Summary of Oscar Wilde’s The Selfish Giant

The Selfish Giant, written by Oscar Wilde, is a story that deals with human love for animals and nature.


The Giant’s garden was very beautiful. Children loved to play in it. Every afternoon, as they were coming from school, they used to enter the large lovely garden with flowers and peach trees.

But the Giant was selfish. One day when he returned home after seven years of stay with his friend, he saw the children playing in the garden. He shouted at them angrily and they ran away. The Giant decided not to allow anybody else to play there. So he built a high boundary wall around it. He also put up a notice that outsiders entering the garden will be punished.

The poor children had no other place to go. They didn’t like to play on the dusty road full of stones.

Then the spring came all over the country. Only in the garden of the Selfish Giant, it was still winter. No flowers bloomed and no birds sang. The only visitors were the snow and the frost which painted all the trees silver. The north wind roared there all day. It also asked the hailstones to come.

The Giant wondered why the spring passed by his garden. It was always winter there.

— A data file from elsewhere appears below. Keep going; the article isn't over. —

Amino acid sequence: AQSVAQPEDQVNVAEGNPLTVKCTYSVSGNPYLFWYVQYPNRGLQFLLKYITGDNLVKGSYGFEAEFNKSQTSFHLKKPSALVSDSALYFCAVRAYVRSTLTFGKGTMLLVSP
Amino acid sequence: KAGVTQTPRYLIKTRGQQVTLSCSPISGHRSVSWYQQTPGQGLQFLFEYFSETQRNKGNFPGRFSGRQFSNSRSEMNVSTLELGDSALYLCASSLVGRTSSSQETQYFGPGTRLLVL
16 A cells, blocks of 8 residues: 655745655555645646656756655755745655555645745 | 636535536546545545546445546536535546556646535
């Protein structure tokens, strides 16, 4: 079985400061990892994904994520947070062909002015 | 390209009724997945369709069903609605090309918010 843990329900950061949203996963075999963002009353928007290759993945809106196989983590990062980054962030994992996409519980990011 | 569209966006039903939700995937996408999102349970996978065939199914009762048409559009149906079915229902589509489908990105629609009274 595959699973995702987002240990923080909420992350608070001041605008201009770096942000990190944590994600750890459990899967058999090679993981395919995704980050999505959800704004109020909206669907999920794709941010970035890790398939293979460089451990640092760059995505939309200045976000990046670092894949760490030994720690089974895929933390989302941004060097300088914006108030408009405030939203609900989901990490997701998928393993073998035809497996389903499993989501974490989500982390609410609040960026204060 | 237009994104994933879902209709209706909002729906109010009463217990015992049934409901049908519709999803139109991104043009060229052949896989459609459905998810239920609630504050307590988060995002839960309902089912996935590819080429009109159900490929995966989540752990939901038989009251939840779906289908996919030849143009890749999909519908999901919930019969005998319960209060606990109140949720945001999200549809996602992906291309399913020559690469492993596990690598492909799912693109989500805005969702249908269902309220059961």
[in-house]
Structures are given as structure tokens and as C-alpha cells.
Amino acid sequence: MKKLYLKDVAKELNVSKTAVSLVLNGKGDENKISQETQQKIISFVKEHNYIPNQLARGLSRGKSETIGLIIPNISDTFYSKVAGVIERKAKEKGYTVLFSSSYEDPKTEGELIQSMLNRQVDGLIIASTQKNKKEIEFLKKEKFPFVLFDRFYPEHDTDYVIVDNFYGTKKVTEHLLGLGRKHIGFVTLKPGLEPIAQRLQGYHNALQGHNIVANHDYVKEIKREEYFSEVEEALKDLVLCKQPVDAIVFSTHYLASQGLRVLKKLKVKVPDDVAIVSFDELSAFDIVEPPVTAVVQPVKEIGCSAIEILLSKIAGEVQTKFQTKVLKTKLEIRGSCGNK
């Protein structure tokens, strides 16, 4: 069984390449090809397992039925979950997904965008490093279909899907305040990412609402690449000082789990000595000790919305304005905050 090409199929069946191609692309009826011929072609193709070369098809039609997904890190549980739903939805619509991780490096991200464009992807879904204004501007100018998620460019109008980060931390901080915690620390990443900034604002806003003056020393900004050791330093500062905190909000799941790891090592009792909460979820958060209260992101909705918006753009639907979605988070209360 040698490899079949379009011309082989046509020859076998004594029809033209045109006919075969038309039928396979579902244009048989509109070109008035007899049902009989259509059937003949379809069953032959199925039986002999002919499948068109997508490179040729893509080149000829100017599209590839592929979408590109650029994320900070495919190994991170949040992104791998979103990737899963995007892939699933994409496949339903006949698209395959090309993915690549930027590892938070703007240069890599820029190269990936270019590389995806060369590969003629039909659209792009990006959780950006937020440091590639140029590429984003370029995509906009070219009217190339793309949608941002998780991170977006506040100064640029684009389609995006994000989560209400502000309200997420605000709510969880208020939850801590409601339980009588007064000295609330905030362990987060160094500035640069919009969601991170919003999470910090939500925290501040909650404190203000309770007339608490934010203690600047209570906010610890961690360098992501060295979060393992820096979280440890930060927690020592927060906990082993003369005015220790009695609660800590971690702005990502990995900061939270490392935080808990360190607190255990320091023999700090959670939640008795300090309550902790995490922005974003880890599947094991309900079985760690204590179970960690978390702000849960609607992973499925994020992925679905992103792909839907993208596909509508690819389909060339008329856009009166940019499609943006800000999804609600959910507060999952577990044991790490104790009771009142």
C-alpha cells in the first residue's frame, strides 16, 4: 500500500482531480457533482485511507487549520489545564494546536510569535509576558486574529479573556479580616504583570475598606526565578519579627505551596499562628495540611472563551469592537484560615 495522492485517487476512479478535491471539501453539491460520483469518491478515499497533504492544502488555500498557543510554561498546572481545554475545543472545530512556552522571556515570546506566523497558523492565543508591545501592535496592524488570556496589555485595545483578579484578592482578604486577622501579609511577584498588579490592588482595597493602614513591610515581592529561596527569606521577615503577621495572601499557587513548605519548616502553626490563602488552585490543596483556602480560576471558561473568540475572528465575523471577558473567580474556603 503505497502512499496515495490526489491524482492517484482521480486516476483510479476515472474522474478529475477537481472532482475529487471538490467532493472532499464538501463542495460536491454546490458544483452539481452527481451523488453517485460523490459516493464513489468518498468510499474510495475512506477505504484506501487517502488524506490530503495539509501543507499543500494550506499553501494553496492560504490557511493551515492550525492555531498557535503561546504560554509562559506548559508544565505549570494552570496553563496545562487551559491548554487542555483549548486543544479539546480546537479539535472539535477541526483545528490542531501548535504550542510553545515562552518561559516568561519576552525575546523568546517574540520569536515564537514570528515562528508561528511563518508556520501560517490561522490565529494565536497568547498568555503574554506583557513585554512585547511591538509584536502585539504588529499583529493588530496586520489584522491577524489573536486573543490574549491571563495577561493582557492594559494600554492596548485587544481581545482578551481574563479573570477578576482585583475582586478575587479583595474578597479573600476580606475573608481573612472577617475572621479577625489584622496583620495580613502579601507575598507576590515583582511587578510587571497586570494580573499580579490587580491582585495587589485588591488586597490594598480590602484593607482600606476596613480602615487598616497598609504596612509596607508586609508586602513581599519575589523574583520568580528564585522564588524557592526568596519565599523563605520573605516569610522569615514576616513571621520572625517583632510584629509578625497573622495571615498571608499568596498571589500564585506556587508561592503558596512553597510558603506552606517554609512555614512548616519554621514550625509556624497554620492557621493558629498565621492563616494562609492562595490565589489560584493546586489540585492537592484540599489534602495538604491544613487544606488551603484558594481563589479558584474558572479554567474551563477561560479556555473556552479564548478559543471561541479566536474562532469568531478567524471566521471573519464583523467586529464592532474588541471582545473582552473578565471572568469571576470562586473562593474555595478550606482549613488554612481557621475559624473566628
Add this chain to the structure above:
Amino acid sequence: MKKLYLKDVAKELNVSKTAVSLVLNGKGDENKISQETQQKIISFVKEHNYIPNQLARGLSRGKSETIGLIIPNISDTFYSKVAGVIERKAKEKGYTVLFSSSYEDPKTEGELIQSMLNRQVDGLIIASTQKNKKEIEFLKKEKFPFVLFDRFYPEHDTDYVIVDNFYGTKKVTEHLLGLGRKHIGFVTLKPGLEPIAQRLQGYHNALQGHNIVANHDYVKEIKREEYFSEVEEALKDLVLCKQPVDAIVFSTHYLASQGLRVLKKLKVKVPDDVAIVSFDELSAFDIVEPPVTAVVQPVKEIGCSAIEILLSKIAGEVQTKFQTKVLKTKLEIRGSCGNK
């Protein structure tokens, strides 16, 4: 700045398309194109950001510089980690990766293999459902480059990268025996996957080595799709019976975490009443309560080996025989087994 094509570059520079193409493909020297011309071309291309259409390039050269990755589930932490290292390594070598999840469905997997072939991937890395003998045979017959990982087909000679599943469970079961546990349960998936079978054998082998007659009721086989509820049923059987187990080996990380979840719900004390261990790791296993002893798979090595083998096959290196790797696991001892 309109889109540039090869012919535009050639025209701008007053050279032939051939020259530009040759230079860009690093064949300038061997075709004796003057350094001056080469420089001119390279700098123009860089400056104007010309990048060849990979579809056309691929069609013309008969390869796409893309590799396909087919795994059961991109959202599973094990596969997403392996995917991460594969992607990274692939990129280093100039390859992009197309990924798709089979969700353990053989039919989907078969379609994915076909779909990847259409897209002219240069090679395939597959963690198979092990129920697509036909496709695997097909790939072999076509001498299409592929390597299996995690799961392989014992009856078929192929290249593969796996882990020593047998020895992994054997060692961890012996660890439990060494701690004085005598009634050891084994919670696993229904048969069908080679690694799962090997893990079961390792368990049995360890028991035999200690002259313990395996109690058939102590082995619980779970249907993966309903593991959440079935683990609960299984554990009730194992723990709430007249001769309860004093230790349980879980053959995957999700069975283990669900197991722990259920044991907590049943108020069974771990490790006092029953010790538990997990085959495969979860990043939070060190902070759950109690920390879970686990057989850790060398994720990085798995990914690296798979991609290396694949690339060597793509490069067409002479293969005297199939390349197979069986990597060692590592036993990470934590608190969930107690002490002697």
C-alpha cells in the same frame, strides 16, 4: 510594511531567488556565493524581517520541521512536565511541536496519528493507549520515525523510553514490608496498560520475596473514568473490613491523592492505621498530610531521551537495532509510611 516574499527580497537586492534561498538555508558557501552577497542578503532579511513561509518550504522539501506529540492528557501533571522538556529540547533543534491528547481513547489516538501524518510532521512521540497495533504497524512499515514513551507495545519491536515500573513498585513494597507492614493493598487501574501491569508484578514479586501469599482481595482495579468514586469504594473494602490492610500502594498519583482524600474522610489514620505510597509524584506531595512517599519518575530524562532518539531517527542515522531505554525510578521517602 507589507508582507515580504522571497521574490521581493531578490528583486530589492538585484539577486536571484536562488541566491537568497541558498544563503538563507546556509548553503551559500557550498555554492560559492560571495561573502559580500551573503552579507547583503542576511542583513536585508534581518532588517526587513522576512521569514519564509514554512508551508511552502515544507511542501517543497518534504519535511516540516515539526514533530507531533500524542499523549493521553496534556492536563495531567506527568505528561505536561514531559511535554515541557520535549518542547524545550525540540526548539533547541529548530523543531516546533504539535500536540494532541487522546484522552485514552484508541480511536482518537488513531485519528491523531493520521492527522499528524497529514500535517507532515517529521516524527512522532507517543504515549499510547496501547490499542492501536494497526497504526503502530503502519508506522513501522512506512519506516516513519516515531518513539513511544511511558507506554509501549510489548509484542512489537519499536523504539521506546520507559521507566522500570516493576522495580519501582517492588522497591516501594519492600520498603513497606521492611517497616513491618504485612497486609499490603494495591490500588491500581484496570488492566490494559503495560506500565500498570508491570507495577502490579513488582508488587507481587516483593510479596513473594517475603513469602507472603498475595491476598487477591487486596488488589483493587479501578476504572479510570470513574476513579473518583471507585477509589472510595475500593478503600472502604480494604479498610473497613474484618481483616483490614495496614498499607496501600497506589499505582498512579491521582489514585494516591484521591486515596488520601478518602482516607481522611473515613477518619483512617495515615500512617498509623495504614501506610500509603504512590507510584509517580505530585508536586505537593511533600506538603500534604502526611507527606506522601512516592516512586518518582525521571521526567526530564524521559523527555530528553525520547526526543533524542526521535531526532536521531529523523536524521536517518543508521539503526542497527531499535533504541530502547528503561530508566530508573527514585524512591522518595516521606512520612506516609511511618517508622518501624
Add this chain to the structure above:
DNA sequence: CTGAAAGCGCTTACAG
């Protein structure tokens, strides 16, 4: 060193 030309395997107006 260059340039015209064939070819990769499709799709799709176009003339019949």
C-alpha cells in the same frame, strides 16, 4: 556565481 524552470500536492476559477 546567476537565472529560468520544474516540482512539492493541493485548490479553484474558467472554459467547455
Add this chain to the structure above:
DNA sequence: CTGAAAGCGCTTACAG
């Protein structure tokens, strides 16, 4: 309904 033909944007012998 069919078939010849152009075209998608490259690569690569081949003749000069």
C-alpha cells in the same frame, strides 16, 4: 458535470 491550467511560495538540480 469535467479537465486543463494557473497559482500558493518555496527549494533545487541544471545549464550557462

One morning he heard some lovely music of a linnet outside his window. He jumped out of bed and looked out. He saw a wonderful sight. The children had crept in through a hole in the wall. They were sitting on the branches of trees which gladly welcomed them with flowers. Only in one corner, it was still winter. A small boy was wandering all around the tree and crying. He was too small to climb up.

The Giant’s heart melted. He went out in the garden. The children ran away on seeing him. The garden became winter again.

But when he put the small boy up into the tree, it broke into flowers. The boy threw his arms around his neck and kissed him. Other children noticed the change in the Giant’s behaviour. So they too came back. The Giant knocked down the wall and started playing with them. He wanted to see the small boy whom he had put up into the tree. But he had gone away.

Years went by and he grew old and weak. He realised that the children were the most beautiful flowers of all.

One winter morning he saw a tree covered with lovely white flowers and silver fruit. Under it stood the little boy. He came running, close to the boy. He noticed two nail wounds each on the boy’s arms and on the little feet. He declared angrily that he would kill the cruel man who had injured him. At this, the child told him that those were the wounds of Love. It further told that he had come to take him to his garden, which was paradise. In the afternoon the Giant was found lying dead under the tree.

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